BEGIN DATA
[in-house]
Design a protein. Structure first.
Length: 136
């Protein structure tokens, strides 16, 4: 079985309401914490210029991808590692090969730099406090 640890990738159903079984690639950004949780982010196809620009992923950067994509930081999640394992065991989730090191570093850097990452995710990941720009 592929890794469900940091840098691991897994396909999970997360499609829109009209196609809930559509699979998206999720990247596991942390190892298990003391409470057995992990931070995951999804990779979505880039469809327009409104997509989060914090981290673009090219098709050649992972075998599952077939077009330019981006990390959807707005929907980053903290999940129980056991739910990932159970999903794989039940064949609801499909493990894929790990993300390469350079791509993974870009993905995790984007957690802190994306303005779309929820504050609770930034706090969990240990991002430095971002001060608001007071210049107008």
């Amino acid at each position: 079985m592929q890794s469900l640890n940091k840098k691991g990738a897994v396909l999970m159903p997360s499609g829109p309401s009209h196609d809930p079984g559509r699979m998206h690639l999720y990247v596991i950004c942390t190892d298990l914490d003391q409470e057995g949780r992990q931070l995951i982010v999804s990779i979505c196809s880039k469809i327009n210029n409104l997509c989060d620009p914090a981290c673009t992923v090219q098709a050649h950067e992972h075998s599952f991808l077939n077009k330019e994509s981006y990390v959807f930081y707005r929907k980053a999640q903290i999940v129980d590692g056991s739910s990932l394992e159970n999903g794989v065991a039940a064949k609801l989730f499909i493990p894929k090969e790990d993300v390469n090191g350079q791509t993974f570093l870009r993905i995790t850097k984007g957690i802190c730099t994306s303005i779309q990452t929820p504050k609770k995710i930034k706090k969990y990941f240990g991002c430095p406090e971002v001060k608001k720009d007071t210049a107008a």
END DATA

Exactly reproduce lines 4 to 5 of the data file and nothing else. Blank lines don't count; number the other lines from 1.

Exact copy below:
């Protein structure tokens, strides 16, 4: 079985309401914490210029991808590692090969730099406090 640890990738159903079984690639950004949780982010196809620009992923950067994509930081999640394992065991989730090191570093850097990452995710990941720009 592929890794469900940091840098691991897994396909999970997360499609829109009209196609809930559509699979998206999720990247596991942390190892298990003391409470057995992990931070995951999804990779979505880039469809327009409104997509989060914090981290673009090219098709050649992972075998599952077939077009330019981006990390959807707005929907980053903290999940129980056991739910990932159970999903794989039940064949609801499909493990894929790990993300390469350079791509993974870009993905995790984007957690802190994306303005779309929820504050609770930034706090969990240990991002430095971002001060608001007071210049107008």
């Amino acid at each position: 079985m592929q890794s469900l640890n940091k840098k691991g990738a897994v396909l999970m159903p997360s499609g829109p309401s009209h196609d809930p079984g559509r699979m998206h690639l999720y990247v596991i950004c942390t190892d298990l914490d003391q409470e057995g949780r992990q931070l995951i982010v999804s990779i979505c196809s880039k469809i327009n210029n409104l997509c989060d620009p914090a981290c673009t992923v090219q098709a050649h950067e992972h075998s599952f991808l077939n077009k330019e994509s981006y990390v959807f930081y707005r929907k980053a999640q903290i999940v129980d590692g056991s739910s990932l394992e159970n999903g794989v065991a039940a064949k609801l989730f499909i493990p894929k090969e790990d993300v390469n090191g350079q791509t993974f570093l870009r993905i995790t850097k984007g957690i802190c730099t994306s303005i779309q990452t929820p504050k609770k995710i930034k706090k969990y990941f240990g991002c430095p406090e971002v001060k608001k720009d007071t210049a107008a």